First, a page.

Have you seen this video that went viral a few weeks ago?
If not have a look now before reading further.
It is tempting to judge harshly. It is obvious to the watching outsider, it makes no difference how many slices there are … it is still the same pizza.
Well, technically yes.
But that is not how our minds work. That is not how we perceive what is going on around us.
Look at the following image.
Which red circle is bigger?
Go one measure them.
They are the same size.
We think in relative terms. We compare constantly. We see an object in relation to the environment it is in. If the other circles are larger, then the red circle appears smaller. If the other circles are smaller than the red circle appears larger.
The girlfriend in the video is comparing the number of slices. At this level of comparison she is correct. Eight slices is less than 12 slices.
The assumption in the video is that she will eat all 12 slices. If you eat all 12 there is no difference to eating the 8.
However 5 slices feels like a lot, even if 5 smaller slices is less than 4 larger slices. We can feel full, even if we have put less into our body.
You can use this logic in your favor. Look at the picture below and imagine the blue circle is your dinner plate. Would you feel more satisfied with the plate on the left or the right?
Chances are you would prefer the plate on the left. The plate looks fuller, and therefore as if there is more food. It is not. The portion sizes are the same.
If you were dishing up the plate on the right you might feel sorely tempted to put more food on the plate. The portion in relation to the rest of the plate looks measly. This is one of the simple ways we end up eating too much.
These kinds of comparisons are everywhere. They trick us. But we can also use them to our advantage if we stop laughing and realize what is going on.
I often prefer to have many smaller slices of something than fewer large slices.
This quote from the Stopwatch Science segment on the Hidden Brain podcast from NPR sums it up nicely.
You may have heard that smaller portions can help you eat fewer calories. That’s true. But what about larger tables? Researchers Brennan Davis, Collin Payne and My Bui hypothesized that one of the ways smaller food units lead us to eat less is by playing with our perception. They tested this with pizza and found that while study participants tended to eat more small slices, they consumed fewer calories overall because it seemed like they were eating more. The researchers tried to distort people’s perception even further by making the smaller slices seem bigger by putting them on a bigger table. What they found is that even hungry college students ate fewer calories of (free) pizza when it was chopped into tiny slices and put on a big table.
* Emphasis is mine
Here is a few more pictures for you to look at and consider what your mind is doing.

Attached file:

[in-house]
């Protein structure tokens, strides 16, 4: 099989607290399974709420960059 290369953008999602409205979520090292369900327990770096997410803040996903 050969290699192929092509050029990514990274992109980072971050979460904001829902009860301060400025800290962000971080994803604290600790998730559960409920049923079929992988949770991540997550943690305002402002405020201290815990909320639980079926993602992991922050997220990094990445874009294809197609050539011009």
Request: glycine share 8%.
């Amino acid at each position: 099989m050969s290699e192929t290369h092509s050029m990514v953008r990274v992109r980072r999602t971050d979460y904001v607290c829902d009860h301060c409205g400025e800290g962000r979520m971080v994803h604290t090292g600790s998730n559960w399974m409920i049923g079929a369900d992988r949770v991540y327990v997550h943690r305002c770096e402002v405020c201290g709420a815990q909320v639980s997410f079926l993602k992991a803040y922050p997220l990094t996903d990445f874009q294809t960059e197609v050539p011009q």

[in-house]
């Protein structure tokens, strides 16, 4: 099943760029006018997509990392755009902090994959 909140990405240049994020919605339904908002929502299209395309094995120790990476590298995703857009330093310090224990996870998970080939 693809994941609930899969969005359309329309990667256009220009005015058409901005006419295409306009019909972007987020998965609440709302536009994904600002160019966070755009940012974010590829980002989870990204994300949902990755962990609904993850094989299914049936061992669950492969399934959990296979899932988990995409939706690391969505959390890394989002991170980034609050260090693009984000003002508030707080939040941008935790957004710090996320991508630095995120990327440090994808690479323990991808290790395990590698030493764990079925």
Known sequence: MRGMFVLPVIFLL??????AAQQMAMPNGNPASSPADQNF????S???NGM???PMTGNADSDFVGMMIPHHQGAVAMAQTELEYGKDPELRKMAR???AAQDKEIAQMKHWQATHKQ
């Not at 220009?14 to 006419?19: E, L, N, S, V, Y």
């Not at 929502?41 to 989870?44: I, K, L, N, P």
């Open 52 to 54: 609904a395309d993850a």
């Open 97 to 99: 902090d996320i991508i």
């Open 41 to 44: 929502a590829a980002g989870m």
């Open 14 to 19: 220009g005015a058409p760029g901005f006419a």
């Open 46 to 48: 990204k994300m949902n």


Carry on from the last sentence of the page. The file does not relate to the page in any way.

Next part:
Which line is longer?
Which bar is the largest?
You should know by now that all of those bars are the same size.
Don’t believe me?
Go on measure them.
We are easily deceived.
This can work for us, or against us.
For some reason I was thinking about the pizza video over the weekend. I realised that while we all want to laugh, she is more ‘right’ than we think. She is doing what we all do.
Maybe we are laughing because of that discrepancy. We know deep down we could easily make the same mistake. Maybe we can sense part of our mind telling us she is right, and when we sense that we realise the cognitive effort required to counteract that impulse.
I found this quote in a National Geographic article I read while working on this post.
Even when we intellectually accept these precepts of science, we subconsciously cling to our intuitions—what researchers call our naive beliefs. A recent study by Andrew Shtulman of Occidental College showed that even students with an advanced science education had a hitch in their mental gait when asked to affirm or deny that humans are descended from sea animals or that Earth goes around the sun. Both truths are counterintuitive. The students, even those who correctly marked “true,” were slower to answer those questions than questions about whether humans are descended from tree-dwelling creatures (also true but easier to grasp) or whether the moon goes around the Earth (also true but intuitive). Shtulman’s research indicates that as we become scientifically literate, we repress our naive beliefs but never eliminate them entirely. They lurk in our brains, chirping at us as we try to make sense of the world.
By Joel Achenbach
* Emphasis is mine
Laugh all you want. This is real. We all do it.
The quote above makes the point that even seasoned professionals struggle to overcome the impulse of our subconscious mind. It requires effort.
To overcome this tendency you need to acknowledge it exists. Hopefully I have done enough here to help you out.
Once you acknowledge it exists you need to learn to see the world around you. To truly see all everything as it really is, not as your mind perceives it.
Artists are good at this. It is one of the key skills. They are less likely to be fooled by the above illusions because they are trained to see the world as it is.
The follow on from this is to pay attention to context.
Context isn’t everything, but it is a lot of things.
In many ways we are our environment, our situation, more than we are ourselves.
(Listen to this podcast for more on that last thought Invisibilia: Is Your Personality Fixed, Or Can You Change Who You Are?)